A regional conservation group has received thousands of dollars from the government to control weeds at local creeks.
The Granite Borders Landcare Committee was given $55,000 under the National Landcare Program to control lantana and blackberry along 55 km of the Koreelah and Acacia Creeks at the headwaters of the Clarence River catchment.
Weed control contractors will work with 15 landholders to control the weeds on their properties using chemicals this summer.
“Lantana and blackberry are both quite invasive,” Landcare co-ordinator and project manager Mandy Craig said.
“They can just take over the whole area. They also block access to the creeks, and they take up valuable grazing land. If they’re not controlled, they become uncontrollable. By removing them, you’re returning the habitat back to its original condition.”
The area is next to three national parks – Koreelah, Tooloom, and Captain’s Creek – where many endangered species live.
“We’re creating a buffer zone between the properties to prevent the weeds from encroaching,” Ms Craig said.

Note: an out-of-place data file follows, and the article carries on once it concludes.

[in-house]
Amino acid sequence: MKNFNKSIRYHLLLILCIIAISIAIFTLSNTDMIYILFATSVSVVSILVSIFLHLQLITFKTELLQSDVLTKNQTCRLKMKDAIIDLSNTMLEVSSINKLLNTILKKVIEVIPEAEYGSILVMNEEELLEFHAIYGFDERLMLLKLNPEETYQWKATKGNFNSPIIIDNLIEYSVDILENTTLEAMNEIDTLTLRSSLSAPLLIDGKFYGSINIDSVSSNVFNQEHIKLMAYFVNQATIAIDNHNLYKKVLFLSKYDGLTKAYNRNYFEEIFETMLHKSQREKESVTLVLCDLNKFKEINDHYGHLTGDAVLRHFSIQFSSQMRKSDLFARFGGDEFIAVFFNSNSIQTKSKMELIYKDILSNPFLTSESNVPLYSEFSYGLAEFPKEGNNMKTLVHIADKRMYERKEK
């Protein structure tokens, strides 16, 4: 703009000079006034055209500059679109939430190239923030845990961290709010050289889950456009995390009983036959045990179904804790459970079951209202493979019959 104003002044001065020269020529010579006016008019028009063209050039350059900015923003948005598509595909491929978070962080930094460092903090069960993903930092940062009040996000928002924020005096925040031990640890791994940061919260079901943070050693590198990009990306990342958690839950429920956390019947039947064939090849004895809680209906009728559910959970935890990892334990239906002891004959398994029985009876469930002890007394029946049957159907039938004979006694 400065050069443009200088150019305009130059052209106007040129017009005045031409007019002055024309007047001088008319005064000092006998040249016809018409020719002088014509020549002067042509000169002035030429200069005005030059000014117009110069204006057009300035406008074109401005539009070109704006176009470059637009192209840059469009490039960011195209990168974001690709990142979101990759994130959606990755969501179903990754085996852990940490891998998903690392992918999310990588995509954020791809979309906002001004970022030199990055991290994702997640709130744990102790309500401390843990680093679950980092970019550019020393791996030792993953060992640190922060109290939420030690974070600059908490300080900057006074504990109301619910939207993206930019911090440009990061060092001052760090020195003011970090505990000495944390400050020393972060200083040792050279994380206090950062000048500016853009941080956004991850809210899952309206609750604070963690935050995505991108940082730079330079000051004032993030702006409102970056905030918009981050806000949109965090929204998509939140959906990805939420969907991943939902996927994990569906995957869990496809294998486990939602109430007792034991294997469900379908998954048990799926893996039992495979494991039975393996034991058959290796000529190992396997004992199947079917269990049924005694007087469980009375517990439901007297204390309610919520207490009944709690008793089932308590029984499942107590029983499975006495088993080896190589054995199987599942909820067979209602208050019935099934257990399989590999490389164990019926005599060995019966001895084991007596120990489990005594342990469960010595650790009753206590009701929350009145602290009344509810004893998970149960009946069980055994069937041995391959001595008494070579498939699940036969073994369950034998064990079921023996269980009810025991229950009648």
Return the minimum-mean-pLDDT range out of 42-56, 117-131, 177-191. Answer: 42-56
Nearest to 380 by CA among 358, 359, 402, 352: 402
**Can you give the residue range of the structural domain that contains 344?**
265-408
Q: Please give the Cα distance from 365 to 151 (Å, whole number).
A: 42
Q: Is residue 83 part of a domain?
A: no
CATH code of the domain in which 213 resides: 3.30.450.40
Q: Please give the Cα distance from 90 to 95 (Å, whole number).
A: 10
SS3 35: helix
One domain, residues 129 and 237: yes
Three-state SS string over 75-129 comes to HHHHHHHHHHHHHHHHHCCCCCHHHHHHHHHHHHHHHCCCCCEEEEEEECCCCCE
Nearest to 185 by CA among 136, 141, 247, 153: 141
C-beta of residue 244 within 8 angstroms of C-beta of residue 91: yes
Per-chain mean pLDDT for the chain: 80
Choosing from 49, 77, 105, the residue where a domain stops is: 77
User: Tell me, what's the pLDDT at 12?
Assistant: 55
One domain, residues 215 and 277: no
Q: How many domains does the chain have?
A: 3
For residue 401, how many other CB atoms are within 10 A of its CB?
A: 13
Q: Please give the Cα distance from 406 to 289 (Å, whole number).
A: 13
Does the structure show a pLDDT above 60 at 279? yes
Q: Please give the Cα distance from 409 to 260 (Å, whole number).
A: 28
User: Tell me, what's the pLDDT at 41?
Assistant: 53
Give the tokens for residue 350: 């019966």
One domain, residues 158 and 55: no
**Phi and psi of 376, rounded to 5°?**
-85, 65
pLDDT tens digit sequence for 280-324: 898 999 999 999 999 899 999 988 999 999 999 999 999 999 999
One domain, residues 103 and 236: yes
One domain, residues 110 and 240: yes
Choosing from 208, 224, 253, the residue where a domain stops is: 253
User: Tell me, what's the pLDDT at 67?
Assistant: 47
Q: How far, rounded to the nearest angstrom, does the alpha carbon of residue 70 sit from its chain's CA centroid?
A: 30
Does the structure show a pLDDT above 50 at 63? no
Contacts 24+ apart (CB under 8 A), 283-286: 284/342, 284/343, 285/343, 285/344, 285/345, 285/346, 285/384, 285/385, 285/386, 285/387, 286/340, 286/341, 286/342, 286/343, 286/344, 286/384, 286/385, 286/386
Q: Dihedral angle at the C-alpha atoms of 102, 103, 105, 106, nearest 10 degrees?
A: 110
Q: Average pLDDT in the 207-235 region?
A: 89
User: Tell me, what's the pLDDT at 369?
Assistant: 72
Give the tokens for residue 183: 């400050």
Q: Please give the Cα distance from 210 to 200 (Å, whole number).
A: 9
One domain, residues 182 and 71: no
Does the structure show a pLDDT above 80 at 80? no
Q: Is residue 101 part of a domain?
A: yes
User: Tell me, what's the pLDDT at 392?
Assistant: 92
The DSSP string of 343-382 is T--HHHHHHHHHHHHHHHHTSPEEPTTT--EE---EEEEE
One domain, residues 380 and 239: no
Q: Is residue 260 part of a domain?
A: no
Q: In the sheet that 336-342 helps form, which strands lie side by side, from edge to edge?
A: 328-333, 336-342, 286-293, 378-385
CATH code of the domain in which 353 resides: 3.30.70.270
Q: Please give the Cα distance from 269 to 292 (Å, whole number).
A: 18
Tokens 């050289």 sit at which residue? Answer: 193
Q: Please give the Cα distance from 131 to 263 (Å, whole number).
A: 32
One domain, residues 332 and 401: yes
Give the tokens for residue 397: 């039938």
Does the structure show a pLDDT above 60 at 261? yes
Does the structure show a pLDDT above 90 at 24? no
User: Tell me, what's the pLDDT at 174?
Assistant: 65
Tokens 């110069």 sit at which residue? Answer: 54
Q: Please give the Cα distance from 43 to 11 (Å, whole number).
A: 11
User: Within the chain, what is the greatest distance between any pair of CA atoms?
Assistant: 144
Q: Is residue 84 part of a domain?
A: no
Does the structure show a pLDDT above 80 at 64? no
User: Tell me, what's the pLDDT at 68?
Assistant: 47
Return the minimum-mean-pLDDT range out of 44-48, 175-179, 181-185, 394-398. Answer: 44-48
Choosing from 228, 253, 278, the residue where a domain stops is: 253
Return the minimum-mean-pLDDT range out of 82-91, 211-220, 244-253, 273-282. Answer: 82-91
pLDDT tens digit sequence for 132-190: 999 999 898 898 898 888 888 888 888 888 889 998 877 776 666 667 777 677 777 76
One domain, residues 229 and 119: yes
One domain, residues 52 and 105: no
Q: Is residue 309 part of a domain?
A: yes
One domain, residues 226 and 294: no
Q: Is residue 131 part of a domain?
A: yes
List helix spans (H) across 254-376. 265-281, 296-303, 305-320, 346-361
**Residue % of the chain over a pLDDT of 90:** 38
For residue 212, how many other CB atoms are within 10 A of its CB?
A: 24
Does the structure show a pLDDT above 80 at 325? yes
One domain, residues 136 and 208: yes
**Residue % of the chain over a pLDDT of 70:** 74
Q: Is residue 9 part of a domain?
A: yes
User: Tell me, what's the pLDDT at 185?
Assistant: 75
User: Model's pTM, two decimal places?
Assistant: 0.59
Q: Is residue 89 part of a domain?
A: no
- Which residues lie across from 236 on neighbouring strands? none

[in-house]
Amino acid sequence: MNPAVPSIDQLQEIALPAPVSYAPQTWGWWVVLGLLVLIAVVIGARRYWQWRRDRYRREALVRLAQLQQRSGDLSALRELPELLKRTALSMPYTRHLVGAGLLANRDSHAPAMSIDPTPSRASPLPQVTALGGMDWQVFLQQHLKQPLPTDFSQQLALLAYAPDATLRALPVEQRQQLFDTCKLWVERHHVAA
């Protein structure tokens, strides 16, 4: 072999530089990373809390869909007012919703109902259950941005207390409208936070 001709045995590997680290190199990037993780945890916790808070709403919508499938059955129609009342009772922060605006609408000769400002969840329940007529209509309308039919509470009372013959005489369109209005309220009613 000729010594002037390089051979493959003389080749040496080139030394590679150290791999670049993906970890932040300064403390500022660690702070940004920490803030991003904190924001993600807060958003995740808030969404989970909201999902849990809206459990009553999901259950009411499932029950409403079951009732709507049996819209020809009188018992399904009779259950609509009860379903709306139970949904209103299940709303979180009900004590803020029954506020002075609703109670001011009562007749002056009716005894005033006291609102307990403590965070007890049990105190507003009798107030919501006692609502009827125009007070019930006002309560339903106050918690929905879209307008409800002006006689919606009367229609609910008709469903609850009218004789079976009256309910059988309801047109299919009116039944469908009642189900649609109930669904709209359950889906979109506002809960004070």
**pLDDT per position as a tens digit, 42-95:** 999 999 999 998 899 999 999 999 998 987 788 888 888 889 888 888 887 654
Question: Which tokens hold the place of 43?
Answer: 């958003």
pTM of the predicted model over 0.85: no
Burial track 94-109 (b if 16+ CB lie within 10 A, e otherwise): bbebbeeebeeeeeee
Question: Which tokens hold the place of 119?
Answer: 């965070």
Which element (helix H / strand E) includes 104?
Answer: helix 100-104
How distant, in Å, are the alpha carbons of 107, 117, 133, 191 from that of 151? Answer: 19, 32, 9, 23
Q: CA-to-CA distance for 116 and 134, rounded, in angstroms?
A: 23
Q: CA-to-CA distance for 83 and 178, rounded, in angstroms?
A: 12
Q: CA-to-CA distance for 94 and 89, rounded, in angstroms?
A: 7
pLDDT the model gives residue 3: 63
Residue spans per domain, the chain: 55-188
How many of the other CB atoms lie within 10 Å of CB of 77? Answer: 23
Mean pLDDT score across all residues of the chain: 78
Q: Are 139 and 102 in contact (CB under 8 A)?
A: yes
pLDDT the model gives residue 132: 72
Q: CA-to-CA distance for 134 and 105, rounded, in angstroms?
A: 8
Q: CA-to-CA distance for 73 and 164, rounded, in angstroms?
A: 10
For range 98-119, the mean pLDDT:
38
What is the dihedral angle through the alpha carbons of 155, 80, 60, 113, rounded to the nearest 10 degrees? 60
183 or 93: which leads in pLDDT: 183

Control will take place in spring and summer, because the effectiveness of the chemicals depends on the weather. Weeds won’t respond to the chemicals if it’s too hot or cold.
The chemicals will only target lantana and blackberry, and not affect native species.
“It will have a positive impact,” Ms Craig said, “because it will get rid of the weeds. In a while, hopefully, those species will be able to move back into the area.”
Landholders will make an in-kind financial contribution; Landcare will supply chemicals; and contractors will supply all extra labour.
A field day will kickstart the project, to let people know what’s happening. The event, open to the public, will promote the latest control techniques and best practice. It will be advertised through the Koreelah Landcare Group.
The project is one of three natural resource management activities the government is funding in the region.
Federal Member for New England Barnaby Joyce recently announced more than $80,000 in funding for New England under the government’s $5 million Environment Small Grants component of Phase Two of the National Landcare Program.
The other projects include restoring endangered vines in Bingara, and rehabilitating native fish in the Border Rivers.
“We all care for the land in some form or another,” Mr Joyce said.
“These projects are just a few of the many ways we’re helping ensure that our national environment here in the New England electorate is healthy for future generations to enjoy as well.”
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